Thanks Andrea! Great photo!
Roman Polanski News:
Polanski film debuts, Swiss vow no extradition yet
GENEVA (AP) -- Friday was a banner day for director Roman Polanski: His new film premiered in Berlin and Swiss authorities pledged not to extradite him to the U.S. as long as his appeal on a sex case was still being considered in Los Angeles.
Compared to the last four months being under arrest in Switzerland, it was a win-win.
Polanski could not walk the red carpet at the Berlin film festival Friday night for the debut of his movie "The Ghost Writer," starring Ewan McGregor and Pierce Brosnan, because he is under house arrest. But he was still the star of the party, feted by the movie's actors, producer and screenplay writer.
And in a new twist to his long legal saga, the Swiss Justice Ministry declared it would make "no sense" to shift Polanski from house arrest at his Alpine chalet until U.S. courts ruled definitively that he must be sentenced in person to further jail time for having sex in 1977 with a 13-year-old girl.
"When the question is still open, why should he be extradited?" Rudolf Wyss, the ministry's deputy director, told The Associated Press. "As long as the question is still open, our decision depends on that."
"Even if we decide on extradition, he can still appeal. This would take many months," Wyss added.
Polanski's extradition is a complicated and diplomatically sensitive decision, as it deals with a three-decade-old case full of alleged wrongdoing by a Los Angeles judge, a confused sentencing procedure and the director's own flight from justice.
The official movie poster for the film.
There is also Polanski's status as a cultural icon in France and Poland, where he holds dual citizenship, and his history as a Holocaust survivor whose first wife was brutally murdered by crazed followers of cult leader Charles Manson in California.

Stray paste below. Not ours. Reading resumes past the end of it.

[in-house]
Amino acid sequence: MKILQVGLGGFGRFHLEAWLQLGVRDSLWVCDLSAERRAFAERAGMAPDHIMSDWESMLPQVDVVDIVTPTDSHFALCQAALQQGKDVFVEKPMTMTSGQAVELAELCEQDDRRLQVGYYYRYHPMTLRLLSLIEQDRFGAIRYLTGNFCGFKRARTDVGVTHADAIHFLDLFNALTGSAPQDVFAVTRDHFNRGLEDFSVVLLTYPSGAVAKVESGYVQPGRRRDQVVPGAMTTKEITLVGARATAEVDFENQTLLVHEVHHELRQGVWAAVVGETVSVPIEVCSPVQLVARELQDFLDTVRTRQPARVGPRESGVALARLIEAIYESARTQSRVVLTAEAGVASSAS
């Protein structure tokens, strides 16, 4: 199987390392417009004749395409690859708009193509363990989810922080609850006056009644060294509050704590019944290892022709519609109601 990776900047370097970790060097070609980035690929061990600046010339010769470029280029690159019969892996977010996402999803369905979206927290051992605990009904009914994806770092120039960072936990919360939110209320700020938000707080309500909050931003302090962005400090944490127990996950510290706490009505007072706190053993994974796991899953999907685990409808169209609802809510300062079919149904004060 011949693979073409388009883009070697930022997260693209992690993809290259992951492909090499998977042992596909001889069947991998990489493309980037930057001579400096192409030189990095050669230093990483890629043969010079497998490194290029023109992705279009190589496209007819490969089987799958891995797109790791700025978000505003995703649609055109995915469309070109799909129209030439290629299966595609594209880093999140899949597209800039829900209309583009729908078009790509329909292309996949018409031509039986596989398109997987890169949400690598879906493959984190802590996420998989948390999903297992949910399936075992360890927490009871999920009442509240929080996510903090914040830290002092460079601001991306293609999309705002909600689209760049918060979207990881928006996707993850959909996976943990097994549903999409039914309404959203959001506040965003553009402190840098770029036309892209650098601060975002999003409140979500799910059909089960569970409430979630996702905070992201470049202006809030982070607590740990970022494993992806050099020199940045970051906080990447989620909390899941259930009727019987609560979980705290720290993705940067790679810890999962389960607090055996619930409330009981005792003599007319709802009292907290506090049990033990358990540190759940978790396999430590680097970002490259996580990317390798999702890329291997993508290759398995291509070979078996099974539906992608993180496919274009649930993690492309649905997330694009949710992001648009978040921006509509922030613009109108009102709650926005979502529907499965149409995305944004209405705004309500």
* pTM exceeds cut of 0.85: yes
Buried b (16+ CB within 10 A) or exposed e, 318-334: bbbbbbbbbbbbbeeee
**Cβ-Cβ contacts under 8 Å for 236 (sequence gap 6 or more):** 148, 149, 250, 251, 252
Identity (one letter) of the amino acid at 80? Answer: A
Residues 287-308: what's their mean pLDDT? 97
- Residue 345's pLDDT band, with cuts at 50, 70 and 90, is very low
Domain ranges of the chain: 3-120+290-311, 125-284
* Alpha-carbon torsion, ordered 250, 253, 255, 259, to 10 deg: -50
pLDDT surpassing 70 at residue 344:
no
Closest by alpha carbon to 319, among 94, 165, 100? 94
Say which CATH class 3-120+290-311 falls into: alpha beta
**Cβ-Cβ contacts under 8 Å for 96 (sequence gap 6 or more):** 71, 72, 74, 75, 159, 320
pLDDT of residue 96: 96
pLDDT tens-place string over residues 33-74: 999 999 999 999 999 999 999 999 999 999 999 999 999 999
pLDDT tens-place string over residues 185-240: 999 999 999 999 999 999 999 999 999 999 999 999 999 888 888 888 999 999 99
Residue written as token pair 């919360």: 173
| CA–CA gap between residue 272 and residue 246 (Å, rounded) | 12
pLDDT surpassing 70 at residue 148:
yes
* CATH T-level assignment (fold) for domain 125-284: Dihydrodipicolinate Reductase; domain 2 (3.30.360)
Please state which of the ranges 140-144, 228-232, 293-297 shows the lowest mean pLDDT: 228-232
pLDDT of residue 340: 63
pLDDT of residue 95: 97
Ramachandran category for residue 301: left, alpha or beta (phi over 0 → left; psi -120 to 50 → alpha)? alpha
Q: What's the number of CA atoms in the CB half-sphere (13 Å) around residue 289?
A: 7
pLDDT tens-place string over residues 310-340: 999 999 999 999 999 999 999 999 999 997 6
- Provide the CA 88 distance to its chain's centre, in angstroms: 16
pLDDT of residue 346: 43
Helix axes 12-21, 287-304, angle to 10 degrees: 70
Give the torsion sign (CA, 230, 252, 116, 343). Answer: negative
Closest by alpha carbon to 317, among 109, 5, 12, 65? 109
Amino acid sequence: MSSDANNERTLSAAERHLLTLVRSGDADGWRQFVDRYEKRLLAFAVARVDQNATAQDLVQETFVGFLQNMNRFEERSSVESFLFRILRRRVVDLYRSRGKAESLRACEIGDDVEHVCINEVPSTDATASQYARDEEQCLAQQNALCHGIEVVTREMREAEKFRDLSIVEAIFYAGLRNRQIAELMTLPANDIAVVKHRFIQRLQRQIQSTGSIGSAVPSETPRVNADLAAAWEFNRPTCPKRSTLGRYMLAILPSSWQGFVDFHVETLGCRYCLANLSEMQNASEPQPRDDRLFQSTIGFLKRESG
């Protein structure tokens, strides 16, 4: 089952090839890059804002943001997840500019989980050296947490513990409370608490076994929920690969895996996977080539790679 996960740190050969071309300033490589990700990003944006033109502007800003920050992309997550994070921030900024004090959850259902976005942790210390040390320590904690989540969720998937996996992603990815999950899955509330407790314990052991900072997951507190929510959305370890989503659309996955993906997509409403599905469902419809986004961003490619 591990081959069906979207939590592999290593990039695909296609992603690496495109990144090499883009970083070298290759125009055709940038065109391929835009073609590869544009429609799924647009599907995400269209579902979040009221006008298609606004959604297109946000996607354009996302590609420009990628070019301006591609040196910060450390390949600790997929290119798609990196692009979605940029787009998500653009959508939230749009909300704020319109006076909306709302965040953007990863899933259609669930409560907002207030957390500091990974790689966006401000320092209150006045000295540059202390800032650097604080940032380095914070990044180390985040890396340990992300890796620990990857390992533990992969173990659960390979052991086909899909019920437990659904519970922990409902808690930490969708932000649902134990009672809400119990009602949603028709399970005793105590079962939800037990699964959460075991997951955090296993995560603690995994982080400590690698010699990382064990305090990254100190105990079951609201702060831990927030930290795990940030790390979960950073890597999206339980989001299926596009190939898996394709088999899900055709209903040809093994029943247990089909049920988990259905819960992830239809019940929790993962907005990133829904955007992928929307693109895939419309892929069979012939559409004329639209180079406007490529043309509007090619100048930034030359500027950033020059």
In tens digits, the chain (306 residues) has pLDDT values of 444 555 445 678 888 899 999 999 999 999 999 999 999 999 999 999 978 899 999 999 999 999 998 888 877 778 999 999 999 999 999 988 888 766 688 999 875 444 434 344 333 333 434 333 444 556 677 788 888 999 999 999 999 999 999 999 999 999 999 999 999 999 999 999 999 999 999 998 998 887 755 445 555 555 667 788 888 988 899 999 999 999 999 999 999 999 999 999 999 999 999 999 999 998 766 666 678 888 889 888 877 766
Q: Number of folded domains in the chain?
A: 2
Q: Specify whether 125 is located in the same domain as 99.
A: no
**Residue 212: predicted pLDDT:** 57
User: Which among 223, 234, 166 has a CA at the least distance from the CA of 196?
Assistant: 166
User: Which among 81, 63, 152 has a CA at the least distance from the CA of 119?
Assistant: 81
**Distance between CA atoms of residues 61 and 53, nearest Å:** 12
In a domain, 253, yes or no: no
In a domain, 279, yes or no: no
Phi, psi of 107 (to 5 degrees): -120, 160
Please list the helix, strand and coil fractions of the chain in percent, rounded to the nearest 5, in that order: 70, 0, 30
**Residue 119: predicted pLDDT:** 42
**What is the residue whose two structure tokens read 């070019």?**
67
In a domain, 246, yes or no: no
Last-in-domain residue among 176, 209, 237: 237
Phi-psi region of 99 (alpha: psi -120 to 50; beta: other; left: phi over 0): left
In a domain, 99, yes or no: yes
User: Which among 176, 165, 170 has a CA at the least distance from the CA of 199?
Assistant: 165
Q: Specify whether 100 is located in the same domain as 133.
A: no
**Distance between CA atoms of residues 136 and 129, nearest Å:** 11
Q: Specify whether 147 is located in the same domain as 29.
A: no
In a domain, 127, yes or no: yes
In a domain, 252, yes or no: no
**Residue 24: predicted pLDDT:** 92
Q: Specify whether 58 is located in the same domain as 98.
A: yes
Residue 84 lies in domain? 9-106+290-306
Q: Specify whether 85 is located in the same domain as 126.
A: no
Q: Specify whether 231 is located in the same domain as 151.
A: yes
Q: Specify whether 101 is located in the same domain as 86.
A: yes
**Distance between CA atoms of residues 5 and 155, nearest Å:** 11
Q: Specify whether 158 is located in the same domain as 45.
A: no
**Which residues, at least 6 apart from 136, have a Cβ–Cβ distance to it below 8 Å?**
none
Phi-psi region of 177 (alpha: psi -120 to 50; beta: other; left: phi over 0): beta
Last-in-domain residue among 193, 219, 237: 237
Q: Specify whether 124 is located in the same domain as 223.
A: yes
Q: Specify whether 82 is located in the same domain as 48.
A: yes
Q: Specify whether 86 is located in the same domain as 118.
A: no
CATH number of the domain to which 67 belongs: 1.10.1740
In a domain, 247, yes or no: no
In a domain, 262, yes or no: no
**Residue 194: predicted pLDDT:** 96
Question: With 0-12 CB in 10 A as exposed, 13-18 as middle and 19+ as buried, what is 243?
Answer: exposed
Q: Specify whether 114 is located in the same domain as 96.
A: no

Loyola University law Professor Laurie Levenson, who has followed the case closely, said the next move appears to be up to Polanski, who has the option to waive extradition.
"The Swiss authorities want to know what Polanski's sentence will be and the Los Angeles courts won't tell them until he comes back. It's a bit of a standoff."
She said that Polanski can keep fighting extradition, but will remain under house arrest indefinitely.
"Mr. Polanski may be able to sit in his Swiss chalet forever," she said. "But if he wants to get out he may have to come back and be sentenced by the California court even though he might get a sentence that would not have required him to come back in the first place. This is a chicken and egg problem."
Polanski's lawyers say the 76-year-old filmmaker served his full sentence in 1978 when he underwent a court-ordered diagnostic study at a California prison for 42 days. Los Angeles courts have disagreed and Polanski's lawyers have promised to appeal in their hopes to have him sentenced in absentia or have the case dropped.
Swiss legal experts said it looked increasingly possible that the Oscar-winning director of "Rosemary's Baby," "Chinatown" and "The Pianist" could beat extradition.
"The chance has increased, especially as he's been here for such a long time," said Dieter Jann, a former Zurich prosecutor. "It's not even clear if the Americans want him anymore."
Wyss spoke to The AP hours before a press conference in Berlin to unveil Polanski's newest film based on a novel by Robert Harris, in which Brosnan stars as former British Prime Minister Adam Lang, a character likened to Tony Blair, and McGregor plays a reporter hired to help write his memoirs.